Inside One Man's Anti-Privacy Campaign
Noah Dyer sends his passwords, bank records to magazine
By Matt Cantor,  Newser User
Posted Aug 31, 2014 8:35 AM CDT
Updated Aug 31, 2014 8:48 AM CDT
This Jan. 8, 2013 file photo shows a display of video cameras at the International Consumer Electronics Show in Las Vegas.   (AP Photo/Jae C. Hong, File)

(Newser) – The world would be better off without secrets, says an Arizona man, and he's willing to prove it. Noah Dyer is pushing a Kickstarter project which, if funded, would see his entire life made public as camera crews follow him around for a year "without even 1 second of privacy," all broadcast via a live stream. The project is nowhere near its goal (due tomorrow), but Dyer is already making good on his anti-privacy project, having sent his email password and bank records to Conor Friedersdorf at the Atlantic. Dyer argues that our society is unfair when the powerful—in government and corporations, for instance—have the added advantage of broader access to information.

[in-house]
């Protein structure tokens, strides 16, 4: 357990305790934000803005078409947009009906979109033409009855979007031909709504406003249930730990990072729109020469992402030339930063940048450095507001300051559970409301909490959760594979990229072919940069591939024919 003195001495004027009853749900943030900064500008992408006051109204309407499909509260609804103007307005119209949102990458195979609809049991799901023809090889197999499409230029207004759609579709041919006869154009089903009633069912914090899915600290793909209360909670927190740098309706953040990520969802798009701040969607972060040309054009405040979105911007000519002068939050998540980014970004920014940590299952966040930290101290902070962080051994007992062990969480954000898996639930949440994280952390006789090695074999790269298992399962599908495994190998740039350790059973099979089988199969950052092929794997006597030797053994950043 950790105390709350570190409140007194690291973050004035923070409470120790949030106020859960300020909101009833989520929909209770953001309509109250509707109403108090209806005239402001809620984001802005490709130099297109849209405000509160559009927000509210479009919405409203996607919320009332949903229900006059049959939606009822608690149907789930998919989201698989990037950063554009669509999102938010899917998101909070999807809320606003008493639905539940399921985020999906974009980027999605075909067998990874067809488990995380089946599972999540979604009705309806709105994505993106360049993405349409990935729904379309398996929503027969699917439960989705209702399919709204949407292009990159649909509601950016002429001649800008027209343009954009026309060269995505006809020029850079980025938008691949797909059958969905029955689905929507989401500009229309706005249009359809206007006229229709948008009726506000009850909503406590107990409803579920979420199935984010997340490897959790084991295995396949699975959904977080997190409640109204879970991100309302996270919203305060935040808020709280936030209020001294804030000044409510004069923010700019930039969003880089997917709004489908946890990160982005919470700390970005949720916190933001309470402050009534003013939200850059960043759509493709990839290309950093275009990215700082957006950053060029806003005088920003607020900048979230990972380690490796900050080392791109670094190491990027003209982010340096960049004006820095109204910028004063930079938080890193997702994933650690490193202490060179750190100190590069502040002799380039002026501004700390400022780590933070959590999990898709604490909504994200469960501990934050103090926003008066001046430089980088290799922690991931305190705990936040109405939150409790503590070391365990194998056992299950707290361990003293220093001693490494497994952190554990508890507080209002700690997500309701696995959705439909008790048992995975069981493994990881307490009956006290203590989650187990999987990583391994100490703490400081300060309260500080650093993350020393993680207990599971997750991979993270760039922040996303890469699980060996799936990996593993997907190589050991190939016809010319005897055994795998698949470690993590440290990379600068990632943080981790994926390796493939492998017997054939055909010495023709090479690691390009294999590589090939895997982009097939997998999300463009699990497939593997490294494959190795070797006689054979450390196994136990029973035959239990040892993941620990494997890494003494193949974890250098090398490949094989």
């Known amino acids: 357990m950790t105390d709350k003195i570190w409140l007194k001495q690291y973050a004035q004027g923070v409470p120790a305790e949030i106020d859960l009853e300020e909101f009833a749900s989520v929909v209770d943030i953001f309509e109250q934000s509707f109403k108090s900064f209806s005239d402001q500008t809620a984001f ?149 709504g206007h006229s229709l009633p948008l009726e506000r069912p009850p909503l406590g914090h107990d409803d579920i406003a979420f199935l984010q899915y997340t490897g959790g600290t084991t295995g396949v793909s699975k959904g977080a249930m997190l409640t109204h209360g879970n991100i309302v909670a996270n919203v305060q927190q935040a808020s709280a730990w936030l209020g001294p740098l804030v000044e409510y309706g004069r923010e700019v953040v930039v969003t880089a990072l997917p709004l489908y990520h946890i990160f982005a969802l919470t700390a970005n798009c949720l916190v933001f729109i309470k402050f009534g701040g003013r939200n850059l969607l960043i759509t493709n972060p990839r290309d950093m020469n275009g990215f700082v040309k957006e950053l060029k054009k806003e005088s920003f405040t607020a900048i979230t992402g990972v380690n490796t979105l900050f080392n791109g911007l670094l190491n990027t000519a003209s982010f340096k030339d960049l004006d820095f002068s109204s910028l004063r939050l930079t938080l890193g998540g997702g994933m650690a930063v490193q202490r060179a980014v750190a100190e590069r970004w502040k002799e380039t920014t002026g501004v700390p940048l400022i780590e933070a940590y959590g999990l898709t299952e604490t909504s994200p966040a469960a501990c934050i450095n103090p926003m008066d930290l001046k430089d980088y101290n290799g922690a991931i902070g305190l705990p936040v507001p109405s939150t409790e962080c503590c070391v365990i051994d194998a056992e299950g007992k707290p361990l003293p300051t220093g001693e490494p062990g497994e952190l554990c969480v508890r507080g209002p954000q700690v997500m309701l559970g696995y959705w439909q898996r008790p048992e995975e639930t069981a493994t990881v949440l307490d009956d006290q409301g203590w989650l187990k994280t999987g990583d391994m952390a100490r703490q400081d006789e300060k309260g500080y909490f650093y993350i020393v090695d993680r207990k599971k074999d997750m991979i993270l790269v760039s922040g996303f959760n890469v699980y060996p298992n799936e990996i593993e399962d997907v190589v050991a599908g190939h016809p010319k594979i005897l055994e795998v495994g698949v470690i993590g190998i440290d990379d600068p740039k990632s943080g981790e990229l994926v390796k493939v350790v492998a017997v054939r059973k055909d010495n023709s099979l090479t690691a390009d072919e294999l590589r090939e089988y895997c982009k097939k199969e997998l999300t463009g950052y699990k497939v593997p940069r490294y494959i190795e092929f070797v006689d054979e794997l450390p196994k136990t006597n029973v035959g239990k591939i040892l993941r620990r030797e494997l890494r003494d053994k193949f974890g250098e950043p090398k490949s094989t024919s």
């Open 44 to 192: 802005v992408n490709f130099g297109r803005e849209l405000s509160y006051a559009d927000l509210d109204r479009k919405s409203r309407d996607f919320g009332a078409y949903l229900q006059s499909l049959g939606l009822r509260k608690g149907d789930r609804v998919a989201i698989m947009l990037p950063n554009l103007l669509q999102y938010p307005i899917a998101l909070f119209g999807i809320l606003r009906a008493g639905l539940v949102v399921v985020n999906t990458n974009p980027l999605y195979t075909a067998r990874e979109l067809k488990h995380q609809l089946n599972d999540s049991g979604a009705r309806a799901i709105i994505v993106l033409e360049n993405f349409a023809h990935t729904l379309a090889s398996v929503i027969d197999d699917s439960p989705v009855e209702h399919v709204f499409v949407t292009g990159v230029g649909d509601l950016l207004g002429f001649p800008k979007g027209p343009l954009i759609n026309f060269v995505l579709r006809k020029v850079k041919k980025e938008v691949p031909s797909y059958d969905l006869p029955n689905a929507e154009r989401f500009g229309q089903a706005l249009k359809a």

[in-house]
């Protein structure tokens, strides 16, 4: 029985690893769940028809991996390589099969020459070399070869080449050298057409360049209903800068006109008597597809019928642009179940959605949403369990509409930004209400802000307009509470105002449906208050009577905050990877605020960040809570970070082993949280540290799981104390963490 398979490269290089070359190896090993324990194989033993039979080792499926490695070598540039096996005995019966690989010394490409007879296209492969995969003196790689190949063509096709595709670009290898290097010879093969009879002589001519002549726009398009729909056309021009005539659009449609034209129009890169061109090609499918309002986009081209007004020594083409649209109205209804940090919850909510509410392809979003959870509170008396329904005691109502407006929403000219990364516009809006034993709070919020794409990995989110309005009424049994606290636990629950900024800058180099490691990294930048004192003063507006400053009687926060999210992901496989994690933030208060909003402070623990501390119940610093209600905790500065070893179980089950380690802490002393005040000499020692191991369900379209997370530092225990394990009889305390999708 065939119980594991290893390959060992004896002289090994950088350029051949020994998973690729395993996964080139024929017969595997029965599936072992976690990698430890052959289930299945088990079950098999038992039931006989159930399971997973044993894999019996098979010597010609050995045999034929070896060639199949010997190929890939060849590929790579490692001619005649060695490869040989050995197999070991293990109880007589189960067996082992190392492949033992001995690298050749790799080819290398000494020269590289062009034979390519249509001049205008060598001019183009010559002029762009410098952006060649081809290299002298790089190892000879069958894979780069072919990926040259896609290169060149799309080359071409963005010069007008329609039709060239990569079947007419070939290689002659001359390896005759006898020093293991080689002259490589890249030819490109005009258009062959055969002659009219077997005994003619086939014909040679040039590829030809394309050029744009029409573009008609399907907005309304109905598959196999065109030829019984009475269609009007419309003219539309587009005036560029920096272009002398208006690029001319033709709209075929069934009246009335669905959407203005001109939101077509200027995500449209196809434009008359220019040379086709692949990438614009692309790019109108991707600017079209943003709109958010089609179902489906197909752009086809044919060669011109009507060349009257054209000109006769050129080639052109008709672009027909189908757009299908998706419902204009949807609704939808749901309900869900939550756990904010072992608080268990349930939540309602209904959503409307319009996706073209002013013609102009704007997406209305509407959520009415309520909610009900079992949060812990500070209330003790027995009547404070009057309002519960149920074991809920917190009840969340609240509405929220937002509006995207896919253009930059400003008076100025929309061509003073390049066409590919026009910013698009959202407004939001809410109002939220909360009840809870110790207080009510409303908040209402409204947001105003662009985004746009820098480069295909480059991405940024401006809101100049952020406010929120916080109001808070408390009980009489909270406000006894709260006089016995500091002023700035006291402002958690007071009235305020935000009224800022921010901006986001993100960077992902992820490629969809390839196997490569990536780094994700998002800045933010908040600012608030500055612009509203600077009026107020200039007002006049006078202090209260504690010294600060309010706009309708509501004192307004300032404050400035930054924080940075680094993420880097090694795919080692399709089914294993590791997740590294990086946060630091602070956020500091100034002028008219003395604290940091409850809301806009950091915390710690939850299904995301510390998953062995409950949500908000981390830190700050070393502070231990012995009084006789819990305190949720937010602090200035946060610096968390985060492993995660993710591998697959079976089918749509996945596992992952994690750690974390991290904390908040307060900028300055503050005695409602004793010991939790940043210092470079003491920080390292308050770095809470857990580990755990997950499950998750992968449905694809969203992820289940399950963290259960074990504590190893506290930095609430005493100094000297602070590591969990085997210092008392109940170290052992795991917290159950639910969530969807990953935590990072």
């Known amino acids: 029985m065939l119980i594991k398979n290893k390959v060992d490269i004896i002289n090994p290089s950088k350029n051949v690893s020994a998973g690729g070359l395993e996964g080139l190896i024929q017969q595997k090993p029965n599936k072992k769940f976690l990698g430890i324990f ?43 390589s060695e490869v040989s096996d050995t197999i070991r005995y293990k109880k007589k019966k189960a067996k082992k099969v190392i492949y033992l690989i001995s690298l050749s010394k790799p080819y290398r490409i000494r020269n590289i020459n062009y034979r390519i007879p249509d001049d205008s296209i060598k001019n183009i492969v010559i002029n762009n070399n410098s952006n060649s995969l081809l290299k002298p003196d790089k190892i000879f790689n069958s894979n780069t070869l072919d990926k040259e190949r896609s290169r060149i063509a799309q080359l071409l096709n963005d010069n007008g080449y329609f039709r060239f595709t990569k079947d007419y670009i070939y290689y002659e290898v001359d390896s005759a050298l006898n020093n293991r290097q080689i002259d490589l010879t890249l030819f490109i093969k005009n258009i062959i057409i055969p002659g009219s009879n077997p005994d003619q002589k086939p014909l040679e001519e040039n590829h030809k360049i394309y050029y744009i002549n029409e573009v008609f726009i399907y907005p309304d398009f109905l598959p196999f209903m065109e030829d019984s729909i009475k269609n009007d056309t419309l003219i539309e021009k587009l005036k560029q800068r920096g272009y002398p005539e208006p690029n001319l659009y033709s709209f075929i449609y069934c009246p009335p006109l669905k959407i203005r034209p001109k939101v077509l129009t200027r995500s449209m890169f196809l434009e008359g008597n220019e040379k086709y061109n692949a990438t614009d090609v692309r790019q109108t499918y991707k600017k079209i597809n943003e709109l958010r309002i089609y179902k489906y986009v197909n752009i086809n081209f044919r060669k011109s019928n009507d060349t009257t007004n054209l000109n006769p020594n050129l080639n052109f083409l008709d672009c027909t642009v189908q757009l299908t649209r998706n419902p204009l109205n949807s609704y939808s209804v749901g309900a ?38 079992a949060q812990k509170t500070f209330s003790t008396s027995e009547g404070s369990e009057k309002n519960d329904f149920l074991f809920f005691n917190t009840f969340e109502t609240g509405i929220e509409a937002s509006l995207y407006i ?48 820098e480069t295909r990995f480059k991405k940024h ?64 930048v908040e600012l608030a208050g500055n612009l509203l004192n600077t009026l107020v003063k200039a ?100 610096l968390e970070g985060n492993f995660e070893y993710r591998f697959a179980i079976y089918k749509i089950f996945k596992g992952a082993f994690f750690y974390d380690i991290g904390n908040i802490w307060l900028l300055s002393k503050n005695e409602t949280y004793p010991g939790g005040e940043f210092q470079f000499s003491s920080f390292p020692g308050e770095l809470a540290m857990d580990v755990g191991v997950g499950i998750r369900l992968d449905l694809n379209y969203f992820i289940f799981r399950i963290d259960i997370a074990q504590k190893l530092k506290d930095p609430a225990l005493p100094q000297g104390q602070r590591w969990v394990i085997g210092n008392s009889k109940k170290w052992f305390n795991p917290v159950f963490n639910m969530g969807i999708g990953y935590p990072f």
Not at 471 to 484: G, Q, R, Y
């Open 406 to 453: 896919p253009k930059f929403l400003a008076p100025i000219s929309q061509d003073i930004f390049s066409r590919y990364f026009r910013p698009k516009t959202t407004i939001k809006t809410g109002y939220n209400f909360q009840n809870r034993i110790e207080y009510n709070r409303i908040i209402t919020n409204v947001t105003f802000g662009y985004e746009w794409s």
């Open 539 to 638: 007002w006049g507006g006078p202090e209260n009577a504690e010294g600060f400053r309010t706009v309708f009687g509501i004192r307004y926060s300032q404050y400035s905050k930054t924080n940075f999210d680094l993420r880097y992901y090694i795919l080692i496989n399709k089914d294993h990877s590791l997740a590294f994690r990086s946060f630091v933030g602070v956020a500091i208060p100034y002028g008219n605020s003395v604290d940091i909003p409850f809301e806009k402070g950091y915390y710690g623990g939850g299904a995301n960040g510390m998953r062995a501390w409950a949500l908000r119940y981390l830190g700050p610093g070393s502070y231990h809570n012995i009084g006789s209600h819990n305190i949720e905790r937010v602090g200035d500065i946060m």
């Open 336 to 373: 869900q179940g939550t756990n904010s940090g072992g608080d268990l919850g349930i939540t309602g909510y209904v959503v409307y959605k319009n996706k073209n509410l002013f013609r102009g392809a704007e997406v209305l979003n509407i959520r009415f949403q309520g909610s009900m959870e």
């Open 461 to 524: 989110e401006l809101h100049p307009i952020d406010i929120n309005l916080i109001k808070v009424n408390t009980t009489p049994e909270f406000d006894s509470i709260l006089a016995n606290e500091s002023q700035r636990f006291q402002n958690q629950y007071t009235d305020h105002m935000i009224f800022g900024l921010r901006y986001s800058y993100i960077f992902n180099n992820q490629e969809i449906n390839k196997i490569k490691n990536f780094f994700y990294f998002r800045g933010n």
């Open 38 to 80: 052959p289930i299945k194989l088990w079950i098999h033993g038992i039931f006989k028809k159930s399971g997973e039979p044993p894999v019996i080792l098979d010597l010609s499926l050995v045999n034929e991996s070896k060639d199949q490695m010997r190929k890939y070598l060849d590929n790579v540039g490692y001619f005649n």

What's more, if we all shed our right to privacy, we'd behave better, he believes. He notes that he has had sex with married women, "missed child support payments, settled debts, and probably done other stuff as well … Each of these decisions was made in an environment where the understanding was that they would be kept private." Friedersdorf, for his part, admires Dyer's commitment to his beliefs; indeed, if Dyer raises $700,000, he plans to run for political office, as Engadget points out. But Friedersdorf observes that such behavior affects everyone else the man interacts with—people who might not share his beliefs. And they're not the only ones who'd prefer a little privacy.
 

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